Heretofore, my most memorable look at the Veil complex had been on a long ago near perfect night at the star party’s original home, Percy Quin State Park near McComb, Mississippi, with my old (and now sold) Ultima 8, Celeste. The Veil looked stupendous that evening, but I have to say it looked better on this night with Ethel.

After admiring the Veil for a long while, I looked at many more objects, sharing views with my friends and having a grand time. However, as they say in Maine, “fun is fun, but done is done.” As the evening grew older, I began to feel icky again, and, besides that, had resolved to do the packing for the trip home as soon as the sun was up so we could get on the road as early as possible.

Amazingly, I was back on the uber-damp field right at the crack of dawn. Drying off that wet gear and loading it into the truck was not fun, but I got it done, and Dorothy and I were on the road shortly before breakfast.

The "when all was said and dones"? I still love Deep South. I still love star parties. I may not be quite the die-hard observer I once was, but I enjoyed the DSSG as much as I ever had, if in a slightly different way. I can tell that is true because as we were driving away from the Lodge, I was already looking forward to the next Deep South, in the spring, and was thinking about the telescope I would bring with me and all the fun I would surely have.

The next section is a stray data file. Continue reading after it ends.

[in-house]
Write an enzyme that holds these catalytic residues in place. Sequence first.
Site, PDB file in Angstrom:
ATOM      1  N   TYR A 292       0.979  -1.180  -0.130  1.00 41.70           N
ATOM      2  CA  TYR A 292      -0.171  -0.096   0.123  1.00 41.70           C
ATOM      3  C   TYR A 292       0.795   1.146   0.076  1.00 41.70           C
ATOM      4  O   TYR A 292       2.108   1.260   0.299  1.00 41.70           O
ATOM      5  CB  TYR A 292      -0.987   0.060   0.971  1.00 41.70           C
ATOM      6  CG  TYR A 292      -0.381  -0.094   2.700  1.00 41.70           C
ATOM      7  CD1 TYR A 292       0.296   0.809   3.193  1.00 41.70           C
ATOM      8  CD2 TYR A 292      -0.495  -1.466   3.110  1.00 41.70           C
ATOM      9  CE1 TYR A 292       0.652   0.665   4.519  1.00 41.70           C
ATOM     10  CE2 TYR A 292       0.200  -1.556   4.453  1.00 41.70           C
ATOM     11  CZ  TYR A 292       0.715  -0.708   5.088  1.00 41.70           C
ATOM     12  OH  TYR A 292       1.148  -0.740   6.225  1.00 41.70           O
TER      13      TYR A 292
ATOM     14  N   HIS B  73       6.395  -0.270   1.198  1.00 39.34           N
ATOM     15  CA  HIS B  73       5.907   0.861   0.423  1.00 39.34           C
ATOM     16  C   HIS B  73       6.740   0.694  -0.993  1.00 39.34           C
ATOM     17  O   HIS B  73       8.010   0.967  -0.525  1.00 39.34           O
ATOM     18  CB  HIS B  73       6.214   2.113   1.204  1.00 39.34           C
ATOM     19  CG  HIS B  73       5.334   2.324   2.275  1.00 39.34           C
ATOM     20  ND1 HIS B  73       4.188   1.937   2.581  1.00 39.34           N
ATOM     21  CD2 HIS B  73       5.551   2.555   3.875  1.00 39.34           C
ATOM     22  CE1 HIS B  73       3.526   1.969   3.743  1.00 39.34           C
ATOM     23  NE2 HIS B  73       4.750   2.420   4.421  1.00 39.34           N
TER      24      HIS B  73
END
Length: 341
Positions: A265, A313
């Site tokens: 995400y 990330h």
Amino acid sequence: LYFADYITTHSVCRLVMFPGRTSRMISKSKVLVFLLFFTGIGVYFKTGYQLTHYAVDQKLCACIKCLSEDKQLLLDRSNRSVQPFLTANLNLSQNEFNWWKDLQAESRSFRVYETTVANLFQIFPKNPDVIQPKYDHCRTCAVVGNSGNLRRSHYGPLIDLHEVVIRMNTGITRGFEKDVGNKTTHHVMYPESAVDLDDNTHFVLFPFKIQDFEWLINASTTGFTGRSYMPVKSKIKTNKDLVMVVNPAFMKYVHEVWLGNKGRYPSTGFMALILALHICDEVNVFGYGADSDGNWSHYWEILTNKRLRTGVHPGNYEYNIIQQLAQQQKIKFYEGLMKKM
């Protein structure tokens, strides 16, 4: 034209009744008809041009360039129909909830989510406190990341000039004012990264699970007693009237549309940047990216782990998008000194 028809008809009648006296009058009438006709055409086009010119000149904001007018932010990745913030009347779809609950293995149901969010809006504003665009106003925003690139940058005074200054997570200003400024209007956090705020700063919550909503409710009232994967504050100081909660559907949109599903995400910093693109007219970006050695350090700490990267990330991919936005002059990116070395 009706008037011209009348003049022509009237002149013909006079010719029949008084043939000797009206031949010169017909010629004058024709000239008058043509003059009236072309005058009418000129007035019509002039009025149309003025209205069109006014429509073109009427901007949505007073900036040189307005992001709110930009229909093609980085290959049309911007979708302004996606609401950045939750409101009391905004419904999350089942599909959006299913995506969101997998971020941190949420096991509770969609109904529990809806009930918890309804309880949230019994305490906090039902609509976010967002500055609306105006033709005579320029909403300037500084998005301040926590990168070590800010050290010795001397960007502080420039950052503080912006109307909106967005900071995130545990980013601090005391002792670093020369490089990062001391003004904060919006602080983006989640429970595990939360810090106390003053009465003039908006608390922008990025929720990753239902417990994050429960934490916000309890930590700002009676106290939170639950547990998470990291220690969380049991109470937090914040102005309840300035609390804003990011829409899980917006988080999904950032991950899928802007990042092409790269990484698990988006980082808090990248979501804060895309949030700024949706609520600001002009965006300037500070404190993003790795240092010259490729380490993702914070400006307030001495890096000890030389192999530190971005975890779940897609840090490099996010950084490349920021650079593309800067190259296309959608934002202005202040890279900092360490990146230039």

Postscript 2022

What are my takeaways from DSRSG 2016? 

This wasn't the greatest Deep South in memory. My cold alone saw to that. It was a very good one, though, and the last good one I was to attend.

After doing so much video/prime focus imaging for the past ten years, it was weird to go to a star party and "just look." It was kinda relaxing. On the other hand, other than fading memories of what I saw, I had nothing to take home with me and process and refer to later.

I was beginning to admit to myself the CGEM (like the EQ6) was more mount than I wanted to handle. Or could safely handle. I was about to begin looking for a mount that offered better a better weight to payload ratio--which I found with Losmandy a couple of years hence.

I hate change.  In witness thereof, note the star party had changed its name to "Deep South Star Gaze" a while before 2016, but I stubbornly insisted on still referring to it as the "Deep South Regional Star Gaze." 

Little did I know, more change was on the way. Changes at Feliciana that would impel the star party to move. I attended one more (still at the Feliciana Retreat Center), but 2017 was a bust in numerous respects just beginning with the observing--or lack thereof save for one evening (when technical gremlins assailed me, natch).

Reading this old article does make me want to attend DSSG (see, I'm trying) in its new home, and I might do that if the covid ever lets up.

This made me feel as if I was right there, nice write up. One question, I've never been to a star party, how safe is it to leave the expensive equipment in the field and leave for the night. I am a newb, have there been incidences where stuff has been tempered with or stollen?
It's usually perfectly safe to leave your stuff on the field.